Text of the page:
The racialized underpinnings of the make-up industry were obvious: Jean Rindlaub’s ads for Marvelous Make-up in the 1930s took place against the backdrop of nativism, eugenics, and an expanding Hollywood film industry where racial codes for whiteness were part and parcel of the larger image-making system. Her make-up ads used whiteness and cleanliness—a quality always associated with whiteness—as their main “emotional” selling point. But even where the question of skin complexion was seemingly less obvious, race was an unspoken driver of her work. In her testing and polling to make sure she had her finger on the pulse of the “average American” housewife, whiteness was assumed. National opinion polls and the expanding media of radio and film sought to construct the average American as white and middle-class.
And perhaps most importantly, all her work in favor of privatized, consumer-driven responses to social reform—her belief that an untrammeled free market mechanism alone was the best way to guarantee America’s pledge of equality and freedom—helped shore up white economic dominance. Rindlaub helped create a narrative by which support for broad state-sponsored social programs, in the tradition of nineteenth-century women’s reform movements among poor and immigrant communities, was coded “unfeminine.” True (white) femininity could only function as moral voice within the home and through private purchasing power. This was all, of course, built on the racist premise that government social programs disproportionately helped low-income, immigrant, and Black communities.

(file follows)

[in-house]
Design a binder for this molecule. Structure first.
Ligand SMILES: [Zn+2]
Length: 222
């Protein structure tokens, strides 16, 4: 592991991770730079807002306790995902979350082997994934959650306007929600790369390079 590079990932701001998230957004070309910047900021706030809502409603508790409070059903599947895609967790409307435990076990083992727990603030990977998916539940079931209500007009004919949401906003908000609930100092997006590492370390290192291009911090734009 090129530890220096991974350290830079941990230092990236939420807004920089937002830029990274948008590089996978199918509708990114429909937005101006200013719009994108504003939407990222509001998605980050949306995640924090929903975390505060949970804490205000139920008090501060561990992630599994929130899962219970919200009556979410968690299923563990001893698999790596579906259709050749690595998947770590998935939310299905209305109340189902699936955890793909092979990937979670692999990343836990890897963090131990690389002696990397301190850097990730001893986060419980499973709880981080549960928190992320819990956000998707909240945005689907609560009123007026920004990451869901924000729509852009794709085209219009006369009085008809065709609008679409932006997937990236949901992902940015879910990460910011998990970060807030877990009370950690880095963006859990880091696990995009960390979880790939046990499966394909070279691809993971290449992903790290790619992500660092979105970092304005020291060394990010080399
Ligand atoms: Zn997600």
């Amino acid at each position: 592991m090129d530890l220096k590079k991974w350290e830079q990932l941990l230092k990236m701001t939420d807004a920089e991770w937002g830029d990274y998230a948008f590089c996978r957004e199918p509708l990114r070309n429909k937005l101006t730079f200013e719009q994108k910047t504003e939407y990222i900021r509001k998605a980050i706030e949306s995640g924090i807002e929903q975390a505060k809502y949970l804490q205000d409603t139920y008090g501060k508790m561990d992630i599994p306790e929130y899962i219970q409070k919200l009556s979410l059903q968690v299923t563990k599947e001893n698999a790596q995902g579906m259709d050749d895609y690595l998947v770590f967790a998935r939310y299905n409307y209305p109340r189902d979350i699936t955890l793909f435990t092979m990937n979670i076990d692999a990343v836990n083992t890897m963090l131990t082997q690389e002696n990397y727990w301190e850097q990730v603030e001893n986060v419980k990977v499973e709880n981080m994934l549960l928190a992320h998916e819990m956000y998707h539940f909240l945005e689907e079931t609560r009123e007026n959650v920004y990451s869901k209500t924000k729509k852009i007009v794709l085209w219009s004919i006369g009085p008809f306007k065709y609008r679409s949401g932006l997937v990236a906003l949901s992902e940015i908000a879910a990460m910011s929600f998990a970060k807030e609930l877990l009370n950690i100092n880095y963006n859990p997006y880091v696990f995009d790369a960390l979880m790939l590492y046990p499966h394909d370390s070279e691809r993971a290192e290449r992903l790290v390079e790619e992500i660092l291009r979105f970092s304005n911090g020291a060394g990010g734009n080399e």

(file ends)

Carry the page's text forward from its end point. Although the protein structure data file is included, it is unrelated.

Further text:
If there is anything, in the wake of George Floyd’s death and the Black Lives Matter protests, that I think is important about this history I have written, it is this: it shines a light on how an ideal of white middle-class femininity has for over a century been continuously exploited—increasingly and ever-more tightly allied with Christian “family values,” free-market faith, and small-government ideology—in order to buttress the structures of American white supremacy. Remarkably, after she retired, Jean Wade Rindlaub herself came to recognize the racism and classism that was embedded in her previous free-market faith, and she tried to make amends for it. She’s a cautionary tale for us today.
Ellen Wayland-Smith is an associate professor in the Writing Program at the University of Southern California. She is the author of Oneida: From Free Love Utopia to the Well-Set Table (Picador 2016), as well as a regular contributor at the Los Angeles Review of Books.